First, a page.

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  • yobaba

    Interesting concept, but where is the electricity coming from that these monsters are sucking up while they are in port? Hopefully there is an alternate energy source designed specifically for such a set-up, like solar or wind on or near the site that would be devoted to providing power to these ships, whether their cargo is containers or people. At the same time, why aren’t there working solar-panels on each and every ship on the Seven Seas?

  • Gavin Hudson

    Hi Yobaba,

    I did about 2 hours of digging to answer your question, and here is what I came up with. First of all, I totally agree with you. I hope that zero emission electricity generation (biomass, wind, solar, etc.) becomes the norm. From my research, I found that although there have been notable improvements in shipping engines and regulations, they still emit a lot, especially since we’re talking about some of the most powerful engines in the world. ( I’ll use nitrogen oxide as an example since that’s what I was able to find the most information on.

    According to Dieselnet, the US caps marine diesel engines emissions at between 14.4 and 7.7 grams of Nitrogen Oxide per kilowatt hour (g/kwh of NOx), depending on engine type. ( Let’s compare that to coal, assuming that coal power plants emit the most polluting source of energy per kwh of electricity. Coal power plants around the world without state of the art emission reduction technologies emit 13-17 g/kwh of NOx on average, according to the World Bank. ($FILE/thermnew_PPAH.pdf) So, if all the world’s electricity came from coal, especially “clean(er)” coal, it would still arguably be better for ships with huge engines to plug into the grid in terms of NOx emissions.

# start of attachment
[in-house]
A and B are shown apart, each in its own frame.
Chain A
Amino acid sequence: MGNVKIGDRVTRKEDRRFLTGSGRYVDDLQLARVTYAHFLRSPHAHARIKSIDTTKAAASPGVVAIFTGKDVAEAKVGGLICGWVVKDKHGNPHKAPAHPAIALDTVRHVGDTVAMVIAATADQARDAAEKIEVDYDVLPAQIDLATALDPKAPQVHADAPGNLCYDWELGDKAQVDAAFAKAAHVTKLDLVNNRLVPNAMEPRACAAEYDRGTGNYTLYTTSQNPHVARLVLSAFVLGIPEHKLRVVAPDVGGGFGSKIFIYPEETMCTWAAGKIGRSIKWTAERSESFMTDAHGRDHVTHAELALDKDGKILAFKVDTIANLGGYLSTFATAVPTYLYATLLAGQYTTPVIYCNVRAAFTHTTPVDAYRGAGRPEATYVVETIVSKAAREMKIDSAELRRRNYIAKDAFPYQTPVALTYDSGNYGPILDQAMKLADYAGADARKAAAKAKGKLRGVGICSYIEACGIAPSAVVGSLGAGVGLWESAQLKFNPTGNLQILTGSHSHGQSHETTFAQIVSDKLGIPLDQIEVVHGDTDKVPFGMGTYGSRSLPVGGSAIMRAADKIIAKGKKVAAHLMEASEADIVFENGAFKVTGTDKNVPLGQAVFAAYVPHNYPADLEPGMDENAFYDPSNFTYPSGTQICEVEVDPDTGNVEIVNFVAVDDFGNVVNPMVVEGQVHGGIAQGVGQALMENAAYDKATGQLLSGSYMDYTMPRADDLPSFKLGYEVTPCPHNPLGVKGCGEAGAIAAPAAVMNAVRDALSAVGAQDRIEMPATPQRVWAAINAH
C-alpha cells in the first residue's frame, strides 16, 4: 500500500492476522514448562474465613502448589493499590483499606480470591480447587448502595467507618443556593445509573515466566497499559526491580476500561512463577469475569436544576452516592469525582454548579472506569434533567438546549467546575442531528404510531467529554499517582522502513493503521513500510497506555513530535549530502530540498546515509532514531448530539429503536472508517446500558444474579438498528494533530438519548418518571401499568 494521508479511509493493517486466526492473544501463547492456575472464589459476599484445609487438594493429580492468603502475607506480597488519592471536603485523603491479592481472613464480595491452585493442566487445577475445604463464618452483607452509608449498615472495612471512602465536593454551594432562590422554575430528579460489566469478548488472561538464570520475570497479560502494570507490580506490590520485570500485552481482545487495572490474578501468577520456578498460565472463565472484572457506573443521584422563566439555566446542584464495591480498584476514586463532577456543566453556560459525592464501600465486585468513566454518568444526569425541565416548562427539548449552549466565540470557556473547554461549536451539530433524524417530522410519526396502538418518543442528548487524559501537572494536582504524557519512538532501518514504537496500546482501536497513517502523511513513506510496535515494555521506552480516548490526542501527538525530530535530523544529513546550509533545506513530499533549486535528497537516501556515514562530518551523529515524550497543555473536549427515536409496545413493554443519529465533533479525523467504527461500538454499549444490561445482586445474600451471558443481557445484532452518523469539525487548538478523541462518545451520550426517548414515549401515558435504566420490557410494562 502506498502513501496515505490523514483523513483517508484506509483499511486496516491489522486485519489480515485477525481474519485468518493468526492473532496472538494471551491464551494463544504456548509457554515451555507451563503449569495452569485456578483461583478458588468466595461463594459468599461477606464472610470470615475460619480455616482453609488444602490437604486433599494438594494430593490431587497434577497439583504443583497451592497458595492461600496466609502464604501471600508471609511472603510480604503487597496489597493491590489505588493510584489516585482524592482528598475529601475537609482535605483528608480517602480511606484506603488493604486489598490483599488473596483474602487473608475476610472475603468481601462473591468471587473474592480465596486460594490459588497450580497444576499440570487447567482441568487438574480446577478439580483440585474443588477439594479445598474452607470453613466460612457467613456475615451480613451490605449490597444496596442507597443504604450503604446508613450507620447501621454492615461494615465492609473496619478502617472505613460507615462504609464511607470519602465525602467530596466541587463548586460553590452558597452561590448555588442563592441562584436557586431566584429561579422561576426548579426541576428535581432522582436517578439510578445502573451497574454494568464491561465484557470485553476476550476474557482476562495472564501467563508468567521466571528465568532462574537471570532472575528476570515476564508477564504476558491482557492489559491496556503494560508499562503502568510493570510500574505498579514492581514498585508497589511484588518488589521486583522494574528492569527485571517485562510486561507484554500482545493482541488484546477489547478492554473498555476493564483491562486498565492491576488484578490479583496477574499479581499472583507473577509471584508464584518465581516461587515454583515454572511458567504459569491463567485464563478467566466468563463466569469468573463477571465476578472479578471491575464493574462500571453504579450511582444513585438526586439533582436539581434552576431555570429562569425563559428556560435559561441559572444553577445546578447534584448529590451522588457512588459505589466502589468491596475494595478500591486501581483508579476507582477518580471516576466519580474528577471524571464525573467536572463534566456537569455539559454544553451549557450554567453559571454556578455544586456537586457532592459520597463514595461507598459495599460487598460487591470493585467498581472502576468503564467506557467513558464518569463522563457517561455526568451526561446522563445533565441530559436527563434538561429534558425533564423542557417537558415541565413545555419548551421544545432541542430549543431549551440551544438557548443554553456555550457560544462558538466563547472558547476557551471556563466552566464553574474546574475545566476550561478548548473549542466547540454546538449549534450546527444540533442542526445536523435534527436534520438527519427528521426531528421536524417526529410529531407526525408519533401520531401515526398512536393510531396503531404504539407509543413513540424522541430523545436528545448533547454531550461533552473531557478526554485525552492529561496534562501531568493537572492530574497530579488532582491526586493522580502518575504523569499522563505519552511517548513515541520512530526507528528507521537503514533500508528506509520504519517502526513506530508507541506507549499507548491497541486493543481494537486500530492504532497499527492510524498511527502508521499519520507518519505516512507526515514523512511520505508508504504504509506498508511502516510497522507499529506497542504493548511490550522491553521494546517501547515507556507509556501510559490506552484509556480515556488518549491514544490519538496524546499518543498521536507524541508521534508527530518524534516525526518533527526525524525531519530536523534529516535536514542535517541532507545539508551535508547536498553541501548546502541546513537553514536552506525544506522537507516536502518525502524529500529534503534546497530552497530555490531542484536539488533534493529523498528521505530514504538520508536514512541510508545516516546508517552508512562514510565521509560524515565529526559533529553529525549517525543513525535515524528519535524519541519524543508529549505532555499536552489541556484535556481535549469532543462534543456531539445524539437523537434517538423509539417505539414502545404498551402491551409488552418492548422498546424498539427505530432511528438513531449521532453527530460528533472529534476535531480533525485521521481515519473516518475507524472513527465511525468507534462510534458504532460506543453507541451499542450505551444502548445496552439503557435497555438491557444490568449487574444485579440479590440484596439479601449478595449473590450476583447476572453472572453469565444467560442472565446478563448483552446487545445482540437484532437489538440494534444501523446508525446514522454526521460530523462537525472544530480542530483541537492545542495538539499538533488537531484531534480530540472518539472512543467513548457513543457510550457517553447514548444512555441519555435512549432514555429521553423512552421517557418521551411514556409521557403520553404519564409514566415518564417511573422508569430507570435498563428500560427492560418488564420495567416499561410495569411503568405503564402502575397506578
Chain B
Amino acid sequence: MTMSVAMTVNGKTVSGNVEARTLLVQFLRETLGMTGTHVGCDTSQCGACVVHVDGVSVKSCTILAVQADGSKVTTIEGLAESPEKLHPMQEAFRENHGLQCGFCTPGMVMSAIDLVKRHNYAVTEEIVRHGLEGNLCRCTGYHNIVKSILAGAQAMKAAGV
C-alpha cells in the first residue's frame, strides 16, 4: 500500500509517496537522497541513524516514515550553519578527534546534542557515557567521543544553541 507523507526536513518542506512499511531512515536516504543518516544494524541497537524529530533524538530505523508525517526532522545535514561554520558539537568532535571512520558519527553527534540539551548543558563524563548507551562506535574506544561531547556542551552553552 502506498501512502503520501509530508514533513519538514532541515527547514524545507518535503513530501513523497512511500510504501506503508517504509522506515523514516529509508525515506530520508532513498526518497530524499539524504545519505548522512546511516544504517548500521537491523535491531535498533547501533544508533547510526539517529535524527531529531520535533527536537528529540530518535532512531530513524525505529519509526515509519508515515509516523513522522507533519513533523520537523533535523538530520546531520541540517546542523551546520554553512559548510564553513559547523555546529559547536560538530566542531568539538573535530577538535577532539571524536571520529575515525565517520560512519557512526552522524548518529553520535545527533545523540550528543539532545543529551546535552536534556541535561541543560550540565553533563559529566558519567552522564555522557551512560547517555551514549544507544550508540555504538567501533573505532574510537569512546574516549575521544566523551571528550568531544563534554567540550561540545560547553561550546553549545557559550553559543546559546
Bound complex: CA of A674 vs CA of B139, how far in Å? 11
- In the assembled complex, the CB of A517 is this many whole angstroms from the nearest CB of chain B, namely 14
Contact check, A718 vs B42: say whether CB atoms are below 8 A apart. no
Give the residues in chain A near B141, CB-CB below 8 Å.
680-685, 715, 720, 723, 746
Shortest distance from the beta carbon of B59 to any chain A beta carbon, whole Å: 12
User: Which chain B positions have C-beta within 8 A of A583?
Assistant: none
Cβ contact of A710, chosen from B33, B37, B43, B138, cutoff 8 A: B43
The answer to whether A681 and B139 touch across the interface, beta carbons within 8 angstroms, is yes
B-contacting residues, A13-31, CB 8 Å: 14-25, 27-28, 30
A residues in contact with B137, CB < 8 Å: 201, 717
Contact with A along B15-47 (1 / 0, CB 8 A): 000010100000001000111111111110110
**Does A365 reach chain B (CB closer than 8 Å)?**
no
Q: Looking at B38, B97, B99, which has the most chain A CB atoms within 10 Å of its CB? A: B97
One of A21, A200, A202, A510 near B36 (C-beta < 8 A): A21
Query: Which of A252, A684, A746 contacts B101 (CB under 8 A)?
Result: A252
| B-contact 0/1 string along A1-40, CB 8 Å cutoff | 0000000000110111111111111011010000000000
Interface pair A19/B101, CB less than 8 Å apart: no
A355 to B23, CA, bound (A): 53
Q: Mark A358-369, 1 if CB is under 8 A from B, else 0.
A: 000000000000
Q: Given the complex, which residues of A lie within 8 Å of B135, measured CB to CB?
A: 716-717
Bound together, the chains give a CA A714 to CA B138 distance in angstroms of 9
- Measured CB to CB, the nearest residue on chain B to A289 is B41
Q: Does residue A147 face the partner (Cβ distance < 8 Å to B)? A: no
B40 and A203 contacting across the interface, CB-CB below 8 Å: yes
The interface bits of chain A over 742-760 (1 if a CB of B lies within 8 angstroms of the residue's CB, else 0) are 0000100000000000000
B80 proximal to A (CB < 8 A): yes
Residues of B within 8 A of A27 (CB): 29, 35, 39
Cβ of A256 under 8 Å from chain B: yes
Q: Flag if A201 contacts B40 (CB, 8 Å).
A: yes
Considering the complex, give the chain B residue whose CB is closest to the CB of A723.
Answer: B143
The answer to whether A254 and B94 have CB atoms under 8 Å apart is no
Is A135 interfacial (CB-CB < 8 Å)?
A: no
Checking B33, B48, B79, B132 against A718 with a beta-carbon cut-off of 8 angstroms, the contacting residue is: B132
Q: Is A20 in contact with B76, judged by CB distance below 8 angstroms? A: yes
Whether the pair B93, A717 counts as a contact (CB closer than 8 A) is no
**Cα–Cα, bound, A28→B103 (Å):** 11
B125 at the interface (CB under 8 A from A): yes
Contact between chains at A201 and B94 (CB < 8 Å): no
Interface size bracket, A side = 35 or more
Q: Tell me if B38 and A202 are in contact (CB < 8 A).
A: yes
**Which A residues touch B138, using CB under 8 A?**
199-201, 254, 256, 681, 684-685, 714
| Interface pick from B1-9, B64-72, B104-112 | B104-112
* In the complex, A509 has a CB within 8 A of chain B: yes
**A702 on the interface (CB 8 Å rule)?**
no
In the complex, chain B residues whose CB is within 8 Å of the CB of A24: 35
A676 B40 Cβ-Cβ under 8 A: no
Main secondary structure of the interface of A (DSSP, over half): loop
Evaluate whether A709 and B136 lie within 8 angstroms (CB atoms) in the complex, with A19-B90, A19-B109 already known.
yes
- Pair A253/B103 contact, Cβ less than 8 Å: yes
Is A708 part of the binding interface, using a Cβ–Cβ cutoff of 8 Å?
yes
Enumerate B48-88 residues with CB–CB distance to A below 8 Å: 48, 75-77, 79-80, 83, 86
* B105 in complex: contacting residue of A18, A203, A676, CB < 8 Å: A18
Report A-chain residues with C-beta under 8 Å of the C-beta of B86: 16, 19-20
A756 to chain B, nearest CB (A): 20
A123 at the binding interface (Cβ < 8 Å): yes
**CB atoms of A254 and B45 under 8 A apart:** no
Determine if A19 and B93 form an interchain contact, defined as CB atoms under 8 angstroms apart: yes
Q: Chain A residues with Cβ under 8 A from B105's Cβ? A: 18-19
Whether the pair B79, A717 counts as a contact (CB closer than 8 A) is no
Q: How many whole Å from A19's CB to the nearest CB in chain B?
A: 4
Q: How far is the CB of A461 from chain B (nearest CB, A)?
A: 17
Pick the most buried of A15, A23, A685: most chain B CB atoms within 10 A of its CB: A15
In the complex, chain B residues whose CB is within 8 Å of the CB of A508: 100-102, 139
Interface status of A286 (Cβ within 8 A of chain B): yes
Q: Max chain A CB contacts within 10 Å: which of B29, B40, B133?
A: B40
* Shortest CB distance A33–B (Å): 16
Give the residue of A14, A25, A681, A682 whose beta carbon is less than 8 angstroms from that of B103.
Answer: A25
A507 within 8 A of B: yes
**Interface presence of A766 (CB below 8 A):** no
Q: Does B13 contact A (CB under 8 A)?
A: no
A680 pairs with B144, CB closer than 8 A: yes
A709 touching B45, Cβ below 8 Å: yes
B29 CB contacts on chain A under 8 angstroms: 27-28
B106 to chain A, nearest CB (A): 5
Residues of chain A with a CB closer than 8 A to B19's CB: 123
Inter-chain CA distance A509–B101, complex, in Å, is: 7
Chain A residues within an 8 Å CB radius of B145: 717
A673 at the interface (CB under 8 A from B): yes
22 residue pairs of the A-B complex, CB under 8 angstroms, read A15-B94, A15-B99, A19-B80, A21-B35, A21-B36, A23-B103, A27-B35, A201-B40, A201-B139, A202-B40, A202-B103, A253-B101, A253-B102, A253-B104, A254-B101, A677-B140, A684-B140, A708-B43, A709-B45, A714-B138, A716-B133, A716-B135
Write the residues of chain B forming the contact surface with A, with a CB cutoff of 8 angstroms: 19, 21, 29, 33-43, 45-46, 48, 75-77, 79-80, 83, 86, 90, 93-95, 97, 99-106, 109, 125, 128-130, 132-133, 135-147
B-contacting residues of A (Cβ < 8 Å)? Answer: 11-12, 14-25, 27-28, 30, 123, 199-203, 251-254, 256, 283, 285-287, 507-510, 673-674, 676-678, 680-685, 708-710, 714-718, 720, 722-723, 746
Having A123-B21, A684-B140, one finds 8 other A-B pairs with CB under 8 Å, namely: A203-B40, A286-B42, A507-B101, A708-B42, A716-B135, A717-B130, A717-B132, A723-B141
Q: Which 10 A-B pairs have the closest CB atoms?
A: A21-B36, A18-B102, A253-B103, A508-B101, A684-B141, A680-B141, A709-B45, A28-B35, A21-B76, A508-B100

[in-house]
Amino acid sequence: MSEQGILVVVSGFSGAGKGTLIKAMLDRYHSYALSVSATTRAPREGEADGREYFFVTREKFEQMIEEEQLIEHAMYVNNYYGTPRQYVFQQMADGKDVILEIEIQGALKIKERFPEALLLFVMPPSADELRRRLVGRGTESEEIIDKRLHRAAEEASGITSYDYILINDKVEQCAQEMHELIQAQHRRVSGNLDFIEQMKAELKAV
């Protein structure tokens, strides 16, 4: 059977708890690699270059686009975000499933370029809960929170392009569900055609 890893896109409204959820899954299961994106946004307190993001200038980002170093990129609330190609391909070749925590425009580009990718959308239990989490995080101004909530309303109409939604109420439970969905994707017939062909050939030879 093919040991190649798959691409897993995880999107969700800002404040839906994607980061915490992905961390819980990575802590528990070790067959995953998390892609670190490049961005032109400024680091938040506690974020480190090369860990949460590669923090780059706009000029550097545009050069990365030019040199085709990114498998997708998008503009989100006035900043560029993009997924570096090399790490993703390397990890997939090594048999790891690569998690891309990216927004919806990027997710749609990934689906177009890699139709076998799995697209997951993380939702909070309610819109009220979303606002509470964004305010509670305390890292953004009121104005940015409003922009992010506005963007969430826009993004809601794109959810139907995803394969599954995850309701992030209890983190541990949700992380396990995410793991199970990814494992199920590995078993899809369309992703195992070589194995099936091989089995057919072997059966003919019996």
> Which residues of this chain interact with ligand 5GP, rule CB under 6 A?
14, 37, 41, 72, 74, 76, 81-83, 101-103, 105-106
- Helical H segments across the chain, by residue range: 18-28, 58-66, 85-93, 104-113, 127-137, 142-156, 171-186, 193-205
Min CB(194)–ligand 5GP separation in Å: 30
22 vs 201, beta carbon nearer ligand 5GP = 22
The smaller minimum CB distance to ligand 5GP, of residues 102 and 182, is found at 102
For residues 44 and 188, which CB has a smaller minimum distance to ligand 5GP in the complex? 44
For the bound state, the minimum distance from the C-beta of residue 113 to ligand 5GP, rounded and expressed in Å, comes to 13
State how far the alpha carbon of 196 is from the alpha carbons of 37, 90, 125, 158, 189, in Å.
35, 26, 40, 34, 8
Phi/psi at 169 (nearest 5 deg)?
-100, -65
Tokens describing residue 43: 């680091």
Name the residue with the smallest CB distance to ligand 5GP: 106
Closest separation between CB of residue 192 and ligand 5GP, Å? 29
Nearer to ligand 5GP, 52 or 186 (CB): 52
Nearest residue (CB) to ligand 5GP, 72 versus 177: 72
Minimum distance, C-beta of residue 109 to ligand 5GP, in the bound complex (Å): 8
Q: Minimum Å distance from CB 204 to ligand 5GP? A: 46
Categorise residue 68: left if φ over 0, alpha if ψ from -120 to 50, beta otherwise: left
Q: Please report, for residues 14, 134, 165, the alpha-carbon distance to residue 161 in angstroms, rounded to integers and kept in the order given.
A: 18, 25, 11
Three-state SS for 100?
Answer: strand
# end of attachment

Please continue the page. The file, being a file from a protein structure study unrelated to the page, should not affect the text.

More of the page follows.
However, to get back to your original question, the Earth Policy Institute calculates ( that only about 42% of electricity in the grid comes from coal. They estimate that 33% comes from zero emissions sources, with the remainder coming from oil and gas. So, in short, even though electricity from the grid’s not yet perfect it’s still an improvement on electricity from marine diesel engines. :)

  • Gavin Hudson

    I also received another very good question on a separate site, asking how 20 metric tons of fuel could produce 60 metric tons of CO2. The answer is pure chemistry, which–after the long answer above–I’ll gloss over. Basically, when you burn fossil fuel (carbon and hydrogen), you get CO2 (carbon and oxygen). Oxygen is pulled from the air and binds to the carbon. Oxygen is heavier than hydrogen, so that’s where you get the extra weight.

  • Greg

    As an update to this particular blog post, ABB has announced today that it is to build complete electrical onshore infrastructure at the port in Ystad, in southern Sweden. As previously mentioned, this shore-to-ship power solution will enable vessels docked in the port to draw all the electricity needed for operating their onboard systems, including ventilation and cooling, from the local power network.

    *Full disclosure: Like Gavin, I also work for ABB